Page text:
Simon Collins

Simon Collins is the Herald’s social issues reporter.

Take a drug test or lose benefits? Proposal raises fears

Whakatane man Charlie James gave up smoking dope so he could pass a drug test for his job at Kajavala Forestry in Kawerau. Photo / Supplied
Whakatane man Charlie James gave up smoking dope so he could pass a drug test for his job at Kajavala Forestry in Kawerau. Photo / Supplied

Addiction treatment services are raising the alarm about a proposal to penalise welfare beneficiaries who refuse to undergo drug tests or addiction treatment.

The proposal, by the Government's Welfare Working Group led by economist Paula Rebstock, aims to tackle drug and alcohol addictions as one of the main barriers keeping many beneficiaries out of paid work.

Thousands of young people, in particular, are being shut of of jobs because they are failing - or avoiding - drug tests.

But the NZ Drug Foundation says the proposal to chop people's benefits if they don't undergo drug tests or treatment is "driven by ideology" and "not supported by the scientific evidence".

"Benefit sanctions will not have the intended effect of encouraging all dependent users into treatment," it says in a stinging 12-page critique.

"Rather, it will leave many of them with exceptionally low or no income - a situation that undermines their likelihood for successful treatment."

The proposal is shaping up as a key election issue. Although the National Government has yet to announce its decisions on most of the Rebstock proposals, Social Development Minister Paula Bennett backs drug-testing.

"We expect it for people who're in work so why shouldn't we expect it for people who're looking for work? Frankly, I don't think that's too much to ask," she says.

But Labour is more sceptical.

"I can't see where a sanction [penalty] fixes the problem," says shadow welfare minister Annette King.

The local debate echoes arguments in other Anglo-Saxon nations, although in Britain ironically the party positions are reversed. Gordon Brown's former Labour Government gave job centres powers in 2009 to investigate beneficiaries with suspected drug problems and require them to undergo treatment or face benefit cuts.

David Cameron's new Tory Government repealed that law last year. Instead it is piloting contracts with treatment agencies for "payment by results", giving them financial incentives to get people back to work. This is also a key theme in Rebstock's broader welfare plan.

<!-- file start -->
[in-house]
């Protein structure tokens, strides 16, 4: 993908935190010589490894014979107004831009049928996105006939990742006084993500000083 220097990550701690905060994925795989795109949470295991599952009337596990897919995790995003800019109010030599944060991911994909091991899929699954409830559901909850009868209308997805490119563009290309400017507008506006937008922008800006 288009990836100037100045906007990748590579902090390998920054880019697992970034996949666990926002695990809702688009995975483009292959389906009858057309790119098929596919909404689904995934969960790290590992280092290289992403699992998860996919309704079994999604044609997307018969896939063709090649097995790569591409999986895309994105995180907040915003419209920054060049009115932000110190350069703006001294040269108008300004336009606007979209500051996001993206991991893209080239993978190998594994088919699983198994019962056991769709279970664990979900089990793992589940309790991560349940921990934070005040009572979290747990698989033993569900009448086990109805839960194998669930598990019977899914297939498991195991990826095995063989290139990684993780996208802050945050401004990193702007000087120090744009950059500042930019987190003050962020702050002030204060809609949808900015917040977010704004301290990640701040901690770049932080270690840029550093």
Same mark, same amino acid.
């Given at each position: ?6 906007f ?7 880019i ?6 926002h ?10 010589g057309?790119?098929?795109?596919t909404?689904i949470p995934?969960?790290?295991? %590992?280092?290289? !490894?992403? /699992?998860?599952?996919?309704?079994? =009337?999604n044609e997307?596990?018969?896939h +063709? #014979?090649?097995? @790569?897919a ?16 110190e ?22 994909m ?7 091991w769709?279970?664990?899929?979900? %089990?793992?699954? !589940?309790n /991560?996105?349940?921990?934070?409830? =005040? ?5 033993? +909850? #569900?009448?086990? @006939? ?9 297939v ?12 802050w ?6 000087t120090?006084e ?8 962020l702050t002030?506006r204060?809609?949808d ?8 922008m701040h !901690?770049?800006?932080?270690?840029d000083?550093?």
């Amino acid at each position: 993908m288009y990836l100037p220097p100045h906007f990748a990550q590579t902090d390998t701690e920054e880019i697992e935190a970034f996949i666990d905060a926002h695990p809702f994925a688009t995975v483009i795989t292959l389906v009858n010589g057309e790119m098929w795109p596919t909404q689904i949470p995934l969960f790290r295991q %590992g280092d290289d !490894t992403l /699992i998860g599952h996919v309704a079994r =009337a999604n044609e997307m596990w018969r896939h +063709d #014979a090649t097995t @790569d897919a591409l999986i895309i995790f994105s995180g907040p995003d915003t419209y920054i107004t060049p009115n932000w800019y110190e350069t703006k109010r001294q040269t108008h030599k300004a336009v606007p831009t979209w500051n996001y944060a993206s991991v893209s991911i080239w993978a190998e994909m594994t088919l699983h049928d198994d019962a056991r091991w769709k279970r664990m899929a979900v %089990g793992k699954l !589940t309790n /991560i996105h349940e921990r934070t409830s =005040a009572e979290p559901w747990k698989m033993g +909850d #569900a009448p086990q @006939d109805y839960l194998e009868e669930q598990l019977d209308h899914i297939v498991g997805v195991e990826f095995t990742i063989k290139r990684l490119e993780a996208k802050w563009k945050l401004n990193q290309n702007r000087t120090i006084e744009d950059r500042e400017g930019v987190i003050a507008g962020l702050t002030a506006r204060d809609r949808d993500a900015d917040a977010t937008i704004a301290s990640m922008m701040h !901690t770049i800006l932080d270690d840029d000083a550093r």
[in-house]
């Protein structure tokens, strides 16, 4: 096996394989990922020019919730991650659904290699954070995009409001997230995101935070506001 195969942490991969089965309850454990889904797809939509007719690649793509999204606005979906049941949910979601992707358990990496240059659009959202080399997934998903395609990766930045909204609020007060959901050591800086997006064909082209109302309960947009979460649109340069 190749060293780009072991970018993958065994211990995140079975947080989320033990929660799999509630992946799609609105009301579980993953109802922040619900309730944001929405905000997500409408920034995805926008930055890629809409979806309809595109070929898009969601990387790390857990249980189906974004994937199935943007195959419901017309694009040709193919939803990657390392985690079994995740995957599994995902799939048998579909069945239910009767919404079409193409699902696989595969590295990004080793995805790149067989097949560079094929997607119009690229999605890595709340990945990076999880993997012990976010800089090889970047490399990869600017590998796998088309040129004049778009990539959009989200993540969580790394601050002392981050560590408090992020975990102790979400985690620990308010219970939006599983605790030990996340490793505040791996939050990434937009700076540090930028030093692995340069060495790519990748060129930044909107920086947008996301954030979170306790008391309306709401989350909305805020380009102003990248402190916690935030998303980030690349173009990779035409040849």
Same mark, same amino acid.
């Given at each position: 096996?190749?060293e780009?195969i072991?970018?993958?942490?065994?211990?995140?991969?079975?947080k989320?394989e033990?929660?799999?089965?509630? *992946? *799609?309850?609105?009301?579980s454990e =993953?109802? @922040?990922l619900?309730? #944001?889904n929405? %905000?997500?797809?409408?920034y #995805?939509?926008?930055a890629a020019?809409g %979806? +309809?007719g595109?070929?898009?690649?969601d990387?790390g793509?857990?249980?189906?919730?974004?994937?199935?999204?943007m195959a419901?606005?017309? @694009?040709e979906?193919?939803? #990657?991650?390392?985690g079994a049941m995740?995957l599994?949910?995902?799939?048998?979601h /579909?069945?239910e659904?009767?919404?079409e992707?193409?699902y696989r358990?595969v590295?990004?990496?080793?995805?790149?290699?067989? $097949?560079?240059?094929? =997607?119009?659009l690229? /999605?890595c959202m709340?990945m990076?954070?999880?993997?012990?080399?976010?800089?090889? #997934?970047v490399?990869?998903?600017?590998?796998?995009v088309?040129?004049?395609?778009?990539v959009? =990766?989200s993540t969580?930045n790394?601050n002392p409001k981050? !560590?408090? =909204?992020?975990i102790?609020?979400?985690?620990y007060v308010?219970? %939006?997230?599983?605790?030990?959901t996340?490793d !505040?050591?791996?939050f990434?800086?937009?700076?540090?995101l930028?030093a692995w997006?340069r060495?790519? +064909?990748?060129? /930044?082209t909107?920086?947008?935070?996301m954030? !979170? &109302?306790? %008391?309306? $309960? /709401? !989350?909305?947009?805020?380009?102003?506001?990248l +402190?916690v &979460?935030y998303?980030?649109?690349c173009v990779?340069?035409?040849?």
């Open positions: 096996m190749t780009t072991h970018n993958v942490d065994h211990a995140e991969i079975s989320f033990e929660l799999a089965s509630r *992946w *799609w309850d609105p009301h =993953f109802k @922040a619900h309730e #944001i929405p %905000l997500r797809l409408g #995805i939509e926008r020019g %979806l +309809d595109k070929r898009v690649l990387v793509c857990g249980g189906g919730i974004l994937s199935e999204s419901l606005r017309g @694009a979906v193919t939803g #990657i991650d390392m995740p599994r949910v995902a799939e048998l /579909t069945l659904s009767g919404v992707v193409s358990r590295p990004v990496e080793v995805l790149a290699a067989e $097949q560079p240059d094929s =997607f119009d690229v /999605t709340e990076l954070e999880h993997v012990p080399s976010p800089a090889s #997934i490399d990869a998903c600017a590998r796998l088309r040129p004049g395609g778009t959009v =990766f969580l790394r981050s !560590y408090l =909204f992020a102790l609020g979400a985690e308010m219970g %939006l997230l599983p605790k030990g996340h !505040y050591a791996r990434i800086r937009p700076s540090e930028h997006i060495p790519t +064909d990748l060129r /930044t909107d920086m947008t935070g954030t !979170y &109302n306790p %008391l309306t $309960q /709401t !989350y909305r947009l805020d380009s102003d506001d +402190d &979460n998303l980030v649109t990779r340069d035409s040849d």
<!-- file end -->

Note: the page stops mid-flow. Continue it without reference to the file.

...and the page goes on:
In the US, Florida has gone much further and has drug-tested all applicants for family benefits since July, refusing benefits for a year if they fail the test. Drug Foundation chief executive Ross Bell fears National could be heading in the same direction here.Employers drive reformDrug and alcohol addictions have not suddenly become a bigger problem than they have been for generations. What has changed is that employers have started taking the problem seriously. Air New Zealand set the legal precedent, successfully defending its drug testing policy against a six-union High Court challenge in 2004.

The forestry industry followed in 2008, requiring all forest owners and contractors to have "drug and alcohol-free workplace" policies backed by drug-testing.

Labour hire company Allied Workforce started drug testing at the same time.

"We started it, we take the credit for it, because we had a problem with the quality of people we were employing," says chief executive Mike Huddleston.

"Nearly every manufacturing company, every roading company, most construction firms, are now insisting on it."

Dr Paul Fitzmaurice of the Institute of Environmental Science and Research (ESR) says drug tests have increased from 30,000 to 40,000 a year three years ago to well over 100,000 a year. Paul Jarvie of the Employers and Manufacturers Association says testing now covers 40 to 50 per cent of the workforce.

Derek Baxter of the Certified Builders Association says employer attitudes to drugs have hardened.

"Perhaps a few years ago they were a bit more tolerant," he says. "Now they are not. It's tough enough employing people as it is, so they are less tolerant of potential problems."

The training sector is now testing too so that its trainees can work in the forests. Rotorua-based Waiariki Institute of Technology started drug-testing applicants for its 250-strong forest operations course this year and says Whangarei-based Northtec has done the same thing.